maybe necessary if data must be written atomically
ie to a network device

what happens when the system call occurs and the operating system
needs to add further headers?
could copy iovecs and create a new iovec
not a good idea as outgoing data (writes) may need a number
of headers
require an efficient method of adding and removing headers and
data
slide 21
gaius

Internal organization of frames, packets, headers and


data

one aspect seldom covered in network books


protocol implementation
difficult and large subject

specific topics are useful to examine as an overall aid to understanding


how is data passed between protocol layers?
in particular remember that the data component of lower layers
contains headers (control information) of the higher
slide 22
gaius

Protocol encapsulation

FTP data

TCP

IP

802.3

only concerned with packets/frames within dotted box


going up the layers we need to strip off the headers (receiving a
packet)
going down the layers we need to add headers! (might be harder!)
slide 24
gaius

Buffer management

incoming packets must be placed in memory and passed to the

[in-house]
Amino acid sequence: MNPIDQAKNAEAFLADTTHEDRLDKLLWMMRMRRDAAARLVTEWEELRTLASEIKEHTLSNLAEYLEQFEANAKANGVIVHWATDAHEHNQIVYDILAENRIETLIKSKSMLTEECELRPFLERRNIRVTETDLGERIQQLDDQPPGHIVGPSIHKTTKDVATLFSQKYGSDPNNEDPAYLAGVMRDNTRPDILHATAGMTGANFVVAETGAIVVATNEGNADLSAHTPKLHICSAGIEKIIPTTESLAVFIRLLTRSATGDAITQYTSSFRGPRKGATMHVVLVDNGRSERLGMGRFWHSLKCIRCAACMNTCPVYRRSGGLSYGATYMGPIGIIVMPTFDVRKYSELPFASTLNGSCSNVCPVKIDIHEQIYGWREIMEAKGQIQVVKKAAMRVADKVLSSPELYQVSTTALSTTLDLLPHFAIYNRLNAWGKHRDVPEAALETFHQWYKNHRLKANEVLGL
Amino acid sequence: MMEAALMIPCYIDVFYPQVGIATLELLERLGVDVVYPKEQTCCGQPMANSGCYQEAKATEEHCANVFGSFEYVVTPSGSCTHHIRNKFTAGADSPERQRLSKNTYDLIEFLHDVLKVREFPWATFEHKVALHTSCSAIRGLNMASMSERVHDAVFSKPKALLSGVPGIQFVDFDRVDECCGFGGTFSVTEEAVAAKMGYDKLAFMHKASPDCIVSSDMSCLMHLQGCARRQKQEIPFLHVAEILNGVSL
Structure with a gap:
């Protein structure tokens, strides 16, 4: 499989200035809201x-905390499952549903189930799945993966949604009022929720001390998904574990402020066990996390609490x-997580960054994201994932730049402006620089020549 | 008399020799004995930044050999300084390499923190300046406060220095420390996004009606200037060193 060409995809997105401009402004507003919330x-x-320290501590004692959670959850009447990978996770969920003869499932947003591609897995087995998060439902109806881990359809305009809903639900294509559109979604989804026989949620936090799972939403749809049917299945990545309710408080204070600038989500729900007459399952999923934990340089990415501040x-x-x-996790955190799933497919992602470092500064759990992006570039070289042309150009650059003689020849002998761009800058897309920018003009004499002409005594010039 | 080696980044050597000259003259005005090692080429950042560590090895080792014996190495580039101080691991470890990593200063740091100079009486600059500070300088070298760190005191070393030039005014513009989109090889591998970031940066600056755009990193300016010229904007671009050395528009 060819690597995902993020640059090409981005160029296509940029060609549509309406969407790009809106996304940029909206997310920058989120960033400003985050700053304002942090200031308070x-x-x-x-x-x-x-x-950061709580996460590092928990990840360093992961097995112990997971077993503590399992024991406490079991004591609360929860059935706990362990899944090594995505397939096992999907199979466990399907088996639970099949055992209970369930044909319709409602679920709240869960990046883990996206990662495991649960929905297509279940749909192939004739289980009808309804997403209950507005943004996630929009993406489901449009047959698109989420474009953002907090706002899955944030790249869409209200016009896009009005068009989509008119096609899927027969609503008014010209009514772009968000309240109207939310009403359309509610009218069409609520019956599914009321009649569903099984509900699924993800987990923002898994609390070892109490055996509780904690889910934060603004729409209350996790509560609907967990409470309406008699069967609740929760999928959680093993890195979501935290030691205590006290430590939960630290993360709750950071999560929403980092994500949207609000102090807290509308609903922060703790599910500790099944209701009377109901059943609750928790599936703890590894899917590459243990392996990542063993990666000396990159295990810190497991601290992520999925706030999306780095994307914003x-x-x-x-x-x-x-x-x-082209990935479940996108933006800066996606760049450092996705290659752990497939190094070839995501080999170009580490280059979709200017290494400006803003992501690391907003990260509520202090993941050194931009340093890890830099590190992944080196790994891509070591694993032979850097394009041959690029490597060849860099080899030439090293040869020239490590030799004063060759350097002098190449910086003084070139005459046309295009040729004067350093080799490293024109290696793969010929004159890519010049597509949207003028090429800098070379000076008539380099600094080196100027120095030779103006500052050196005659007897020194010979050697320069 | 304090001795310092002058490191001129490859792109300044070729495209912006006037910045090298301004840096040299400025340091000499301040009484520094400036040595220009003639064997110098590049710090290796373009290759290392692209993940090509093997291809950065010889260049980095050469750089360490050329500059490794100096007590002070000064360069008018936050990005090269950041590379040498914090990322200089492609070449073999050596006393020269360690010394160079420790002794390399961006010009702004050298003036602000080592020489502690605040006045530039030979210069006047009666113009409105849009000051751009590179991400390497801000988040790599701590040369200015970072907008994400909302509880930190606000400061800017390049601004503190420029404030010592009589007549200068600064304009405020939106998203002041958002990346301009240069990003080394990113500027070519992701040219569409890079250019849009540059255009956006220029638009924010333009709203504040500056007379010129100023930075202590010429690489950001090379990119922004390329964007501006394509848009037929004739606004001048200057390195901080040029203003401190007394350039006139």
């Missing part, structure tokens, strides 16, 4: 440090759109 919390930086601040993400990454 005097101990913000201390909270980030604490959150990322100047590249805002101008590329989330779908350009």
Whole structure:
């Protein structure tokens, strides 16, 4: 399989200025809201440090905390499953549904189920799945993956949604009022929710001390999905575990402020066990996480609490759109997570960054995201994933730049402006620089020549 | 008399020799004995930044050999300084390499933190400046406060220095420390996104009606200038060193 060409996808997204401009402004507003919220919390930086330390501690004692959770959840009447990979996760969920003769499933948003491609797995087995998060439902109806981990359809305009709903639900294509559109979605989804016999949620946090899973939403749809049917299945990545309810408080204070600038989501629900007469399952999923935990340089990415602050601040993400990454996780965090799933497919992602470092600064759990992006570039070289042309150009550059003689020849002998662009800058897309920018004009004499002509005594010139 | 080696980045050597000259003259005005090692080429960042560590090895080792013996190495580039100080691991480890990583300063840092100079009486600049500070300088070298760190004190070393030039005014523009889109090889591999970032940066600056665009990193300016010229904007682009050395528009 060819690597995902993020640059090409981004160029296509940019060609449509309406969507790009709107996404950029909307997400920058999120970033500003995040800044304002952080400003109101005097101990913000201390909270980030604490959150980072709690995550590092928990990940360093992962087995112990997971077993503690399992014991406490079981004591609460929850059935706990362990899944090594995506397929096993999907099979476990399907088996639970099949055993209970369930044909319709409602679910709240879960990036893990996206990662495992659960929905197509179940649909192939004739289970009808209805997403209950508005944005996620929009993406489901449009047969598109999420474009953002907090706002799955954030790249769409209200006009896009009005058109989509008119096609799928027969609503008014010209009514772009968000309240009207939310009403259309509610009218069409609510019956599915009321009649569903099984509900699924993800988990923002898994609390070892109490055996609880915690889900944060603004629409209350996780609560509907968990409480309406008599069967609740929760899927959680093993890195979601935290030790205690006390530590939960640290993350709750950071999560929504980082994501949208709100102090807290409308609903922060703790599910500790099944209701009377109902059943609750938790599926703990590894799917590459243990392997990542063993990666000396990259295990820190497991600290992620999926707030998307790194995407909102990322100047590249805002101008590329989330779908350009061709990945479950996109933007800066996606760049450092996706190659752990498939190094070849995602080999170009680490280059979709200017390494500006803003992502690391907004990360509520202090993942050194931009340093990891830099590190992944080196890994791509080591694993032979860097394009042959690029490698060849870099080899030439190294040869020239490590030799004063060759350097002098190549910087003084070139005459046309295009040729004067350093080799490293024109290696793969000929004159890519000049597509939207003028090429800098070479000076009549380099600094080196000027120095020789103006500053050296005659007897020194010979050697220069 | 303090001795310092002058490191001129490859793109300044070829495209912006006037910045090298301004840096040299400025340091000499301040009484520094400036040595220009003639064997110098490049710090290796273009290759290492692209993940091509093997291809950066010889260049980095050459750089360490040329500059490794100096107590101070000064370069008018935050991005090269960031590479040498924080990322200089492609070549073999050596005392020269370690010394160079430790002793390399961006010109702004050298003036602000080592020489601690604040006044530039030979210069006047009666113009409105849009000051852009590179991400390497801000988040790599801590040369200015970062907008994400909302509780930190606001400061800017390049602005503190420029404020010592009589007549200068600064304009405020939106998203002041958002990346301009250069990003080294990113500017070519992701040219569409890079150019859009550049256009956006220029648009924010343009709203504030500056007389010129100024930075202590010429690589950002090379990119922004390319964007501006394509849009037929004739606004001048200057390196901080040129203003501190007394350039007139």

appropriate protocol software for processing

applications generate output which must be stored in packets and


passed to software and hardware devices for transmission

ultimately the efficiency of protocol software depends on how it


manages memory

a good design allocates space quickly and avoids copying data


slide 25
gaius

Outgoing traffic implementation issues - method 1

create frame header


could copy frame data
generally considered bad as copying data is slow
advantage, clear and simple

raises two questions


how do we allocate buffers
surely there is a better way!
slide 26
gaius

Buffer allocation

ideally a system could efficiently allocate buffers by using buffers of


the same size
difficult to choose the optimum packet size
1 computer might be attached to two networks
each has a different optimum size of packet
may wish to add connections to a computer without changing
system buffer size
IP may need to store datagrams larger than underlying network
packet size (reassembly)
applications may wish to send arbitrary sized messages
slide 27
gaius

Large buffer solution - method 2

could choose buffers capable of storing largest packets


advantage, it works and is simple
disadvantage IP datagrams can be 64k
large datagrams are rare